Famous Writers’ Journals
Journals offer a window into the soul. Writers’ journals, which are often published, offer a reader a chance to gaze through that window.
Writers’ journals have long been a source of intrigue for fellow writers and fans of writing alike. As Dustin Illingworth wrote in a Lithub article about his deep connection to the journals of some writers,
“A writer’s diary has often functioned as an archive for the overheard remark, the potent anecdote, the physical description that begs for inclusion in the next novel. James Salter wrote on napkins during dinner parties; Victor Hugo reportedly kept a journal on his knee beneath the table. The journal, too, has a way of embodying a kind of necessary absence at the heart of a writing practice, the shadow to the novel’s shine.”
For people for whom writing is a vehicle for the soul, the journal is an indispensable tool. It is a place where the writer can explore expression in the written form — try phrasing, ideas, or capture observations to be used in writing later. Ralph Waldo Emerson famously referred to his journal as “the savings bank.” In it, he collected his thoughts and observations of his daily life — meanderings he could come back to when writing essays or sermons. This type of record keeping is the fuel for many a writer’s work, whether it be memoir, essay, fiction, or other forms of narrative writing like plays, screenplays, and experimental works. By capturing one’s thinking in the moment, a portrait exists of a particular form of expression.
In reading the journal of a famous writer, a present-day writer may glean more than just portraits of expression. Seeing how a writer related to him or herself, or to the written word, when it was not being crafted for consumption but rather was a private entity and exploration, can give a writer pause and, perhaps, some instruction. Seeing how deeply these experienced writers relate to their chosen form of expression even when no one is watching can be a thing to be in awe of, take inspiration from, and feel creatively fulfilled by.
So, what journals are out there for the taking? Below is a list of a few of the famous writers’ journals that are available for reading.
“I got out this diary and read, as one always does read one’s own writing, with a kind of guilty intensity. I confess that the rough and random style of it, often so ungrammatical, and crying for a word altered, afflicted me somewhat,” wrote Virginia Woolf in her own journal in 1919. What writer can’t relate? Woolf shares other thoughts throughout her now-published journal, A Writer’s Diary.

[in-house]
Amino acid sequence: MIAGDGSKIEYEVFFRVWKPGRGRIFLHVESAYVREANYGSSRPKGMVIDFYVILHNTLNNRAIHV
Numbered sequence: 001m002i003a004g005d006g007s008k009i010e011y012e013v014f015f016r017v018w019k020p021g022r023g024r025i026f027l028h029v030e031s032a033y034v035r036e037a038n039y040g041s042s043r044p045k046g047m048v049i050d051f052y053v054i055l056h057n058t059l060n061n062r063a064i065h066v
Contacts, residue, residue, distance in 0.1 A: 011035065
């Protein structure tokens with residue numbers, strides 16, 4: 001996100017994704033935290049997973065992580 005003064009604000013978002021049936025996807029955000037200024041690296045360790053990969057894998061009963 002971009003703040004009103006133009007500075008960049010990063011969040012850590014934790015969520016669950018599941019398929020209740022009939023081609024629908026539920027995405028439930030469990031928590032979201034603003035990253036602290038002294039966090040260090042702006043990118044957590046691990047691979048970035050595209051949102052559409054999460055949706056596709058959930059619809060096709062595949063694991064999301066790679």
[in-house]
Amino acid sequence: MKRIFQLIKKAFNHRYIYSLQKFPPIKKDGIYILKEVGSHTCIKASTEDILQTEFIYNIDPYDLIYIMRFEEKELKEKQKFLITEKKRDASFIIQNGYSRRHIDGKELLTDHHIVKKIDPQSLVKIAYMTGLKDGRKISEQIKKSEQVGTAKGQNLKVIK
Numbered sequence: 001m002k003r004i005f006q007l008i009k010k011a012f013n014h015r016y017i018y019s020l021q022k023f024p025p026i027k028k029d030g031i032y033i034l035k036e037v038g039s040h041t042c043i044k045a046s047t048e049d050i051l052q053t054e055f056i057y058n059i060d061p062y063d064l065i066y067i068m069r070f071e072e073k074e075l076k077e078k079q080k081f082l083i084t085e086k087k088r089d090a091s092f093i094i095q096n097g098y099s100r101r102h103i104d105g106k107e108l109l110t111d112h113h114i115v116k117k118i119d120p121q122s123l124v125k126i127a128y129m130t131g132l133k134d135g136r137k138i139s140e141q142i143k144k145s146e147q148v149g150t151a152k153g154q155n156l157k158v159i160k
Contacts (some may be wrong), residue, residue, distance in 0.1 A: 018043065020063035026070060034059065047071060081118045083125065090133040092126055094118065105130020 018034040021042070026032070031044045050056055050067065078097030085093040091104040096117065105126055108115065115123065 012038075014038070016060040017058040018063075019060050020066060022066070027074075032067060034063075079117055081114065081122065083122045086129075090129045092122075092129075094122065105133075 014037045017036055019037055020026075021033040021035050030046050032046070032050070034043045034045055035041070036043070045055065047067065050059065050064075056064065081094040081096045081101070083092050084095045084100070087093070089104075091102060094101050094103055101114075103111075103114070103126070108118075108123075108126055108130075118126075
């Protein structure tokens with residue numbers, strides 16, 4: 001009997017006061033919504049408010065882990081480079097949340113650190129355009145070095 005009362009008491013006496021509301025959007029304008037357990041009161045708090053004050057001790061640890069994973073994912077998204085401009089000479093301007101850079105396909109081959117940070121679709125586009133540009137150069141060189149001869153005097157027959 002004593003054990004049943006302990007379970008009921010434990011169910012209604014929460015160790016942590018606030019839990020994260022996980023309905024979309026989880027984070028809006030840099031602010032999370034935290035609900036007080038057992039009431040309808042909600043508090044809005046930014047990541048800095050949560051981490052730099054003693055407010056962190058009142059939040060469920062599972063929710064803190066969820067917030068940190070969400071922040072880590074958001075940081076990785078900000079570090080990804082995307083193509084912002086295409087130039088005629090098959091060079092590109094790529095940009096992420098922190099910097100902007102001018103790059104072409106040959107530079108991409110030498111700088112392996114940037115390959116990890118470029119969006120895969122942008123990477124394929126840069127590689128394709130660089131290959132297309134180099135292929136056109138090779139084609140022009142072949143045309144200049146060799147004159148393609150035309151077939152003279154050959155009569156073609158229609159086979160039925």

Ralph Waldo Emerson
In the aforementioned “savings bank,” Emerson wrote, “I find myself often idle, vagrant, stupid, and hollow. This is somewhat appalling and, if I do not discipline myself with diligent care, I shall suffer severely from remorse and the sense of inferiority hereafter. All around me are industrious and will be great, I am indolent and shall be insignificant.” It can be both humbling and inspiring to read these words nearly 200 years after they were written in 1822 with the awareness that Emerson did not indeed prove to be insignificant. The knowledge that he was so convinced he would be, though, may give writers some much-needed fuel.
“Why did I write it down? In order to remember, of course, but exactly what was it I wanted to remember? How much of it actually happened? Did any of it? Why do I keep a notebook at all? It is easy to deceive oneself on all those scores. The impulse to write things down is a peculiarly compulsive one, inexplicable to those who do not share it, useful only accidentally, only secondarily, in the way that any compulsion tries to justify itself.” These are some of the musings in Didion’s “On Keeping a Notebook,” a stream-of-consciousness journal piece that appears in her 1961 collection of essays, Slouching Towards Bethlehem.
C S Lewis
Lewis’s journal-style reflection, A Grief Observed, was written after his wife died. Therein, he writes, “Are these jottings morbid? Part of every misery is, so to speak, the misery’s shadow or reflection: the fact that you don’t merely suffer but have to keep on thinking about the fact that you suffer. I not only live each endless day in grief, but live each day thinking about living each day in grief. Do these notes merely aggravate that side of it? Merely confirm the monotonous, treadmill march of the mind round one subject. But what am I to do? I must have some drug, and reading isn’t a strong enough drug now.”
Writers’ journals, and their honest introspection, offer us a window into that which may otherwise be kept secret — the inner-workings of the mind of a writer. It’s a unique way to think about our own journals, too. A capture of our thoughts, the way we approach those thoughts, and our relationship to the written word.